Transportation, Distribution and Logistics supports virtually our entire U.S. economy Lexington County is poised to become a global leader in the transportation, distribution and logistics arena.
We can accomplish this because we have three major interstates that bisect Lexington County: Interstate I -77 runs North and South; Interstates I -20 and I-26 flow East and West. In addition, there are multiple U.S. Highways that criss-cross the county: Highway 378; Highway 321; Highway 76 and Highway 178. It should be noted that all the U.S. Highways intersect with major interstates cited above.
Additionally, the county has two class one railways: CSX and Norfolk Southern. Both of these railways have a significant presence in Lexington County. Amtrak also provides personal rail service and has a depot in nearby Columbia.
Lexington County is serviced by one major airport, Columbia Metropolitan Airport (CAE). CAE provides flights through Delta, US Airways and other major airlines with multiple, daily flights to key cities around the United States. The facility is also used by UPS (Regional Air Hub), FedEx, DHL Global Forwarding and includes a Foreign Trade Zone (FTZ).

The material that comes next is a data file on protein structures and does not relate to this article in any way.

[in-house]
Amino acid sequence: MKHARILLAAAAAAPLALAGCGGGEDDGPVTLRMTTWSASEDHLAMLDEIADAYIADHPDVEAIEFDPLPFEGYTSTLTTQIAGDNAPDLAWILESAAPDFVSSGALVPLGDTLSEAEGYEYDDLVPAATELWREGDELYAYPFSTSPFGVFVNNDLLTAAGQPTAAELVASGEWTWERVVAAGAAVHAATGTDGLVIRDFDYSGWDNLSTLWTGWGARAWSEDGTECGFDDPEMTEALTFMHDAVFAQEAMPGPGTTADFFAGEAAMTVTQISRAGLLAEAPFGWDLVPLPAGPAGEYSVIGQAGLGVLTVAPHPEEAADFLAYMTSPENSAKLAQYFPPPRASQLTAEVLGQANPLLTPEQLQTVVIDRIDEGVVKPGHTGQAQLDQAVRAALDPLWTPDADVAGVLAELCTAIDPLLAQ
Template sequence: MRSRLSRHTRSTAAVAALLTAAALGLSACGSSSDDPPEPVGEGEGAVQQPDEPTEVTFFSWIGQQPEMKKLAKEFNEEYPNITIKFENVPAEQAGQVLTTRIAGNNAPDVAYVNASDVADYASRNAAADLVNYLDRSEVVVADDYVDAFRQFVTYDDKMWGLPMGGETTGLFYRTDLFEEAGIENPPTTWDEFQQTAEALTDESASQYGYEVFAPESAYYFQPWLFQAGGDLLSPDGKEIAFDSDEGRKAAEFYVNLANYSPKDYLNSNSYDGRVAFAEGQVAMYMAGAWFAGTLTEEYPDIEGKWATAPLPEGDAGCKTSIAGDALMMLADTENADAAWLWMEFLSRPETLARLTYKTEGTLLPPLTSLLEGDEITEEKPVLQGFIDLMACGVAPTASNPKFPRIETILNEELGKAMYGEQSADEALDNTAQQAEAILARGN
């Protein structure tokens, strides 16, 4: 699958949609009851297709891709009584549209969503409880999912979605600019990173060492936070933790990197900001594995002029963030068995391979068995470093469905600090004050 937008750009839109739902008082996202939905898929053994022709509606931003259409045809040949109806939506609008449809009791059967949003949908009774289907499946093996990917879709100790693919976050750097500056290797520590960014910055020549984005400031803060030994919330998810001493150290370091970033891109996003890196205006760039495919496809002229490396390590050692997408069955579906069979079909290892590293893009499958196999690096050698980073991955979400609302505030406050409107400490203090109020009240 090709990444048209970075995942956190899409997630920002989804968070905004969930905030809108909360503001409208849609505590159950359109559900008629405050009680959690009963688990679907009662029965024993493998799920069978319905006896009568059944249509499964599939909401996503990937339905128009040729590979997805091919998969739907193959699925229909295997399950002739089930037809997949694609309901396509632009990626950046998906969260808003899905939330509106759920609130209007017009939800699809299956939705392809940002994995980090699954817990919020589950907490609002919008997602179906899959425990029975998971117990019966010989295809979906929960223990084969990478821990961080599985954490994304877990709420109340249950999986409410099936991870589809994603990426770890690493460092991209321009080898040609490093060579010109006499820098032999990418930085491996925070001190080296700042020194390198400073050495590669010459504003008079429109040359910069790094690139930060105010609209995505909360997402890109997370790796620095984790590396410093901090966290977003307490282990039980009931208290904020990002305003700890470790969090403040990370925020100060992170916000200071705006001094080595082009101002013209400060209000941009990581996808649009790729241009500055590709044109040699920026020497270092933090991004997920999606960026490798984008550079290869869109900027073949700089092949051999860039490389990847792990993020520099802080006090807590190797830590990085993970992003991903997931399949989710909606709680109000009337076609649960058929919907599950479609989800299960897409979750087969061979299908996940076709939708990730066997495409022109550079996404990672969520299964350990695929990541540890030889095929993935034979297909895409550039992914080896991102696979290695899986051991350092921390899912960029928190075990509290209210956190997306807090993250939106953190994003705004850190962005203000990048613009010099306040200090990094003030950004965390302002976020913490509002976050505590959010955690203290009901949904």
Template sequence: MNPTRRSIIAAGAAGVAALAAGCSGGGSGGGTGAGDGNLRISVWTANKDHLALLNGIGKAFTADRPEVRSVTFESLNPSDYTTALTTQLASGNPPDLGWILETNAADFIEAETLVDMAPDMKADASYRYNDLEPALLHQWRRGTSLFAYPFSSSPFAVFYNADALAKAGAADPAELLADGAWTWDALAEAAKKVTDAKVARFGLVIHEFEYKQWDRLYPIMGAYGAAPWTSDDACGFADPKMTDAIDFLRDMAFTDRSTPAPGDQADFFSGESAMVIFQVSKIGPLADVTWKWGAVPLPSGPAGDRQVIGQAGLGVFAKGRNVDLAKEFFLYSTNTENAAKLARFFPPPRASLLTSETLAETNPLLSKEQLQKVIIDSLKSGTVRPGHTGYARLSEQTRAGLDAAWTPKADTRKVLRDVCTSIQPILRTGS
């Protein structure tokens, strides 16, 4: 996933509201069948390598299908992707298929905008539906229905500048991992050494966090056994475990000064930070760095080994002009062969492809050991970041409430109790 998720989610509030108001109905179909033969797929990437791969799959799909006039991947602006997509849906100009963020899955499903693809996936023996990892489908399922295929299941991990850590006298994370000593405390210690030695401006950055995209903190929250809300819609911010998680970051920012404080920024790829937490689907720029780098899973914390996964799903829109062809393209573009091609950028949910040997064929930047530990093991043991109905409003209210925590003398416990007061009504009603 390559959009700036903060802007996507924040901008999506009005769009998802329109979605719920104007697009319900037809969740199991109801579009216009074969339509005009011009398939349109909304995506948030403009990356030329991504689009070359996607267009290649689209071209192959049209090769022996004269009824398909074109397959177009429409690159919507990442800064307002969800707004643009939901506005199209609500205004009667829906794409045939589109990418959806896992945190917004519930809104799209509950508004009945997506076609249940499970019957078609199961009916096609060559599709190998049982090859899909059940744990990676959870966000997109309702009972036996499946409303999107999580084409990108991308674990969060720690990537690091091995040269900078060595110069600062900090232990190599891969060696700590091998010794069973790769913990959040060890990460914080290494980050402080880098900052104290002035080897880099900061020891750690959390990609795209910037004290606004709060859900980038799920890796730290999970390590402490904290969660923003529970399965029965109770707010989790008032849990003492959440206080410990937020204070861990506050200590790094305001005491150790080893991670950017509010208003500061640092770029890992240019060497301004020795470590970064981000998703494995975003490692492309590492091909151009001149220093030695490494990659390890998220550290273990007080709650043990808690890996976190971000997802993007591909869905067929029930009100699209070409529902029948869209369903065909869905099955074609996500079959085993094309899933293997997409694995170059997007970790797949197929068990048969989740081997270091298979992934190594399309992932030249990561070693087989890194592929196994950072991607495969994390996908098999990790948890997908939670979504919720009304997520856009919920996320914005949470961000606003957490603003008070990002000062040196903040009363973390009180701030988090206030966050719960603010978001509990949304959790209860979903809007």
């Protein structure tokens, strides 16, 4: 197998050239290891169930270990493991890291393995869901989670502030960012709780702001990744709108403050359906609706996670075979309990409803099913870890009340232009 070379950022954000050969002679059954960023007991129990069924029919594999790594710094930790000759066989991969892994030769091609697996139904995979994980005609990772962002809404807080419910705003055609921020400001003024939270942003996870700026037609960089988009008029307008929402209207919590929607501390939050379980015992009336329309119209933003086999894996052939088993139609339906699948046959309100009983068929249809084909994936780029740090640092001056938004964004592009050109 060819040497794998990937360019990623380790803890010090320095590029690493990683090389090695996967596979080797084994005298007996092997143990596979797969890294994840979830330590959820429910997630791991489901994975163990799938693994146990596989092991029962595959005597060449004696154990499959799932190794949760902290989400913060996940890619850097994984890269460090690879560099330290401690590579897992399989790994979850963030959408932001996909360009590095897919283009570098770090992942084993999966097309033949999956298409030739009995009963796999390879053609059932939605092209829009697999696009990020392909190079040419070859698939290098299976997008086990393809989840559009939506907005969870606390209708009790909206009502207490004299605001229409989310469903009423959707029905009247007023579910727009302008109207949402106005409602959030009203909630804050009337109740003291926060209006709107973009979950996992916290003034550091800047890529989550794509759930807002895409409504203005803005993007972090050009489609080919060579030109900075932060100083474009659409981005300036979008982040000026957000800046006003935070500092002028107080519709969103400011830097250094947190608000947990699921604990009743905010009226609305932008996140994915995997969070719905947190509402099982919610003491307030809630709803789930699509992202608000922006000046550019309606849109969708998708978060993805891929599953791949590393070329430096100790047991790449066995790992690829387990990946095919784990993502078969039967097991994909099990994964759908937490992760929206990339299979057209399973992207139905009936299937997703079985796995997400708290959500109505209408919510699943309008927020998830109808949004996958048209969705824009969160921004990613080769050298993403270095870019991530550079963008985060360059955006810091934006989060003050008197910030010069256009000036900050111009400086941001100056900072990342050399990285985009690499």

A 90-minutes drive by freeway from Lexington County is the Port of Charleston, one of the nation’s busiest container ports. Founded in 1942, the South Carolina Ports Authority owns and operates public marine terminals at two port facilities: The Port of Charleston and the Port of Georgetown. Our state’s seaports are well equipped to handle any type of cargo, whether container, break-bulk, wheeled, overweight, oversized or loose. No matter what you’ve got to move, South Carolina delivers.
With the deepest water in the South Atlantic, Charleston offers a maintained harbor of -45 feet (13.7 meters) of depth at mean low tide throughout the main shipping channel and -47 feet (14.3 meters) in the entrance channel. A five to six foot tidal lift provides even deeper access for several hours during the day. In addition, there are virtually no air draft restrictions in the Port of Charleston. Columbus Street Terminal has no air draft limitations. Vessels access the port’s largest facility, the Wando Welch Terminal, as well as the new terminal under construction at the former Navy Base, by sailing underneath the Ravenel Bridge, which allows for 186 feet (56.7 meters) of vertical clearance at mean high water. Ships sailing to North Charleston Terminal transit underneath the Don Holt Bridge, with 150 feet (45.7 meters) of air draft.
The SCPA promotes, develops and facilitates waterborne commerce to meet the current and future needs of its customers and for the economic benefit of the citizens and businesses of South Carolina. The South Carolina Ports Authority fulfills this mission by delivering cost competitive facilities and services, collaborating with customers and stakeholders and sustaining its financial self-sufficiency.